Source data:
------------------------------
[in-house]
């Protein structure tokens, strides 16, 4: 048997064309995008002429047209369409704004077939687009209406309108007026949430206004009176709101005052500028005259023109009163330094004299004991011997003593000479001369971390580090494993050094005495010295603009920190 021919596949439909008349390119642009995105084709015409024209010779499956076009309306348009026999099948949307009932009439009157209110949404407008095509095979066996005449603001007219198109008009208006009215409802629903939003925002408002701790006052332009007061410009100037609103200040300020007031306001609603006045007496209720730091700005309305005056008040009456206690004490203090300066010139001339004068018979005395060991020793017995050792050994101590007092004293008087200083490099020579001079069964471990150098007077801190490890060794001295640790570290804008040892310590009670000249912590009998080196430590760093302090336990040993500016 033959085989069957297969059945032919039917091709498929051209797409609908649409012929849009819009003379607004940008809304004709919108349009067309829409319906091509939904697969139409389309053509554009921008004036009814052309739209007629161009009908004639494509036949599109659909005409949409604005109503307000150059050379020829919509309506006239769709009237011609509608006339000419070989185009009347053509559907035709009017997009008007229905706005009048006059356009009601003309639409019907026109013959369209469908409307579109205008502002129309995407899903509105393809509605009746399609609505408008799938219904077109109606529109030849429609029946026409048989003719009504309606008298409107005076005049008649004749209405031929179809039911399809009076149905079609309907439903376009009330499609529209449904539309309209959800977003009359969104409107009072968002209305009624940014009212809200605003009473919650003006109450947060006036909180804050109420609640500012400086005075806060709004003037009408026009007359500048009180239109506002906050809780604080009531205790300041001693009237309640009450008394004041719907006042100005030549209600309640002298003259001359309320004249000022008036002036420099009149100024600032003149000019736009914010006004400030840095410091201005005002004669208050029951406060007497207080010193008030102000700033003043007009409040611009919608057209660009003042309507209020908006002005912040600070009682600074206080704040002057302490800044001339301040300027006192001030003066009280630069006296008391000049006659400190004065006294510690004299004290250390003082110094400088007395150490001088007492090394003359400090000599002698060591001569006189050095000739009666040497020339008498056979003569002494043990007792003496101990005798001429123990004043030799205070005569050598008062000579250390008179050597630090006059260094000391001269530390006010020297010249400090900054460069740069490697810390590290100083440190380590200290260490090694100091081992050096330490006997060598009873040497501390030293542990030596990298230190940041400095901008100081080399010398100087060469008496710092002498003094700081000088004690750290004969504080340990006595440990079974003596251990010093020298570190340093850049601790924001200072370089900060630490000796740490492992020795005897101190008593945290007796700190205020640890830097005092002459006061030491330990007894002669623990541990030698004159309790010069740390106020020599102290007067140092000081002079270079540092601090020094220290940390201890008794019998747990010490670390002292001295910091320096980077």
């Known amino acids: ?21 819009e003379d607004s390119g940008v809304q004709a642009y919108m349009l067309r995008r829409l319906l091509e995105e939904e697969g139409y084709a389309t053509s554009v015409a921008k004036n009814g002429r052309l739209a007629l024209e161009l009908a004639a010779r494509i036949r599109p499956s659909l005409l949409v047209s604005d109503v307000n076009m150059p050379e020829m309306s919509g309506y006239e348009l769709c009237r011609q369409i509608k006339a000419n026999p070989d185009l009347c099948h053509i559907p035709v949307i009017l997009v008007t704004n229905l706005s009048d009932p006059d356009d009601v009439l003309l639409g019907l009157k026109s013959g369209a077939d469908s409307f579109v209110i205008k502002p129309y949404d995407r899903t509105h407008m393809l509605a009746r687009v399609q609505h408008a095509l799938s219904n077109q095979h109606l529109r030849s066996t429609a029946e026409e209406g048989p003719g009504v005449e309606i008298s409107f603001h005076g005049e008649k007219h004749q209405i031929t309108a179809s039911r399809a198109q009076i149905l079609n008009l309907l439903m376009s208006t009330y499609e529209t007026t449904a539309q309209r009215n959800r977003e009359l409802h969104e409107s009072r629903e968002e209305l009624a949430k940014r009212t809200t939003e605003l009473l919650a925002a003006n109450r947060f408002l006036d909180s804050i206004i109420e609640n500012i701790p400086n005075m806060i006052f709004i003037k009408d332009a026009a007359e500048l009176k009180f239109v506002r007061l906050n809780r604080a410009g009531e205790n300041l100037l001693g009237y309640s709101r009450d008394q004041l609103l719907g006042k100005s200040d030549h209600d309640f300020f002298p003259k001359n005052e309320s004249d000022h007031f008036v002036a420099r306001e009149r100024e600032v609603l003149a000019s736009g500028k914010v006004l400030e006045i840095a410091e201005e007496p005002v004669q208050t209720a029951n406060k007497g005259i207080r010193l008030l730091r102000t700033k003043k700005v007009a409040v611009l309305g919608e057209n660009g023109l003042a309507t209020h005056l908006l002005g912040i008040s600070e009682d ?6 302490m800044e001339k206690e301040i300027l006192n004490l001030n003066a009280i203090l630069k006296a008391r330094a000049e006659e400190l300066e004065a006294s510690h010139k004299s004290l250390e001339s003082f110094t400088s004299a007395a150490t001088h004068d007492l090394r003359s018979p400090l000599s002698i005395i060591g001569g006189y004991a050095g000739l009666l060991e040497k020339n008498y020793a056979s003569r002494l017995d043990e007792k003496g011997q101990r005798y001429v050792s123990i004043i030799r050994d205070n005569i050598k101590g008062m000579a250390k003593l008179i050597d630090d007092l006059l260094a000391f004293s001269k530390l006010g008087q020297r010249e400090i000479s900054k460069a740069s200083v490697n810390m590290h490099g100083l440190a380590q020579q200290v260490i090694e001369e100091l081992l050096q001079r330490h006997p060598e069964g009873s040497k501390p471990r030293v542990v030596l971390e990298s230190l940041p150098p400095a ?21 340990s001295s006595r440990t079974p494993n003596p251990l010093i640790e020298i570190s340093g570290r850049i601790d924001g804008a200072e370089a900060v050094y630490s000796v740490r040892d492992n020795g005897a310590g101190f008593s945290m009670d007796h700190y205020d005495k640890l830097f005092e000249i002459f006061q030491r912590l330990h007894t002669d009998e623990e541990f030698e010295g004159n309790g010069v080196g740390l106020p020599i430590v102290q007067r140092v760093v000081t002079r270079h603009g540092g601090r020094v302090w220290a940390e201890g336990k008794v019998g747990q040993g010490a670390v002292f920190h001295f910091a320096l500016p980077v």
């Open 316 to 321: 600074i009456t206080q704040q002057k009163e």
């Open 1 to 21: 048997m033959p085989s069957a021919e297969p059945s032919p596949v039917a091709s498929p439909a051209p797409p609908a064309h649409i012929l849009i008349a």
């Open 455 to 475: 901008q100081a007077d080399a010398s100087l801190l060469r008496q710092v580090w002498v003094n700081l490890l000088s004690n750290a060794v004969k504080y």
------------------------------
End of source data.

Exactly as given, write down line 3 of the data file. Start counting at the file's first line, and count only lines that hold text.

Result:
């Known amino acids: ?21 819009e003379d607004s390119g940008v809304q004709a642009y919108m349009l067309r995008r829409l319906l091509e995105e939904e697969g139409y084709a389309t053509s554009v015409a921008k004036n009814g002429r052309l739209a007629l024209e161009l009908a004639a010779r494509i036949r599109p499956s659909l005409l949409v047209s604005d109503v307000n076009m150059p050379e020829m309306s919509g309506y006239e348009l769709c009237r011609q369409i509608k006339a000419n026999p070989d185009l009347c099948h053509i559907p035709v949307i009017l997009v008007t704004n229905l706005s009048d009932p006059d356009d009601v009439l003309l639409g019907l009157k026109s013959g369209a077939d469908s409307f579109v209110i205008k502002p129309y949404d995407r899903t509105h407008m393809l509605a009746r687009v399609q609505h408008a095509l799938s219904n077109q095979h109606l529109r030849s066996t429609a029946e026409e209406g048989p003719g009504v005449e309606i008298s409107f603001h005076g005049e008649k007219h004749q209405i031929t309108a179809s039911r399809a198109q009076i149905l079609n008009l309907l439903m376009s208006t009330y499609e529209t007026t449904a539309q309209r009215n959800r977003e009359l409802h969104e409107s009072r629903e968002e209305l009624a949430k940014r009212t809200t939003e605003l009473l919650a925002a003006n109450r947060f408002l006036d909180s804050i206004i109420e609640n500012i701790p400086n005075m806060i006052f709004i003037k009408d332009a026009a007359e500048l009176k009180f239109v506002r007061l906050n809780r604080a410009g009531e205790n300041l100037l001693g009237y309640s709101r009450d008394q004041l609103l719907g006042k100005s200040d030549h209600d309640f300020f002298p003259k001359n005052e309320s004249d000022h007031f008036v002036a420099r306001e009149r100024e600032v609603l003149a000019s736009g500028k914010v006004l400030e006045i840095a410091e201005e007496p005002v004669q208050t209720a029951n406060k007497g005259i207080r010193l008030l730091r102000t700033k003043k700005v007009a409040v611009l309305g919608e057209n660009g023109l003042a309507t209020h005056l908006l002005g912040i008040s600070e009682d ?6 302490m800044e001339k206690e301040i300027l006192n004490l001030n003066a009280i203090l630069k006296a008391r330094a000049e006659e400190l300066e004065a006294s510690h010139k004299s004290l250390e001339s003082f110094t400088s004299a007395a150490t001088h004068d007492l090394r003359s018979p400090l000599s002698i005395i060591g001569g006189y004991a050095g000739l009666l060991e040497k020339n008498y020793a056979s003569r002494l017995d043990e007792k003496g011997q101990r005798y001429v050792s123990i004043i030799r050994d205070n005569i050598k101590g008062m000579a250390k003593l008179i050597d630090d007092l006059l260094a000391f004293s001269k530390l006010g008087q020297r010249e400090i000479s900054k460069a740069s200083v490697n810390m590290h490099g100083l440190a380590q020579q200290v260490i090694e001369e100091l081992l050096q001079r330490h006997p060598e069964g009873s040497k501390p471990r030293v542990v030596l971390e990298s230190l940041p150098p400095a ?21 340990s001295s006595r440990t079974p494993n003596p251990l010093i640790e020298i570190s340093g570290r850049i601790d924001g804008a200072e370089a900060v050094y630490s000796v740490r040892d492992n020795g005897a310590g101190f008593s945290m009670d007796h700190y205020d005495k640890l830097f005092e000249i002459f006061q030491r912590l330990h007894t002669d009998e623990e541990f030698e010295g004159n309790g010069v080196g740390l106020p020599i430590v102290q007067r140092v760093v000081t002079r270079h603009g540092g601090r020094v302090w220290a940390e201890g336990k008794v019998g747990q040993g010490a670390v002292f920190h001295f910091a320096l500016p980077v």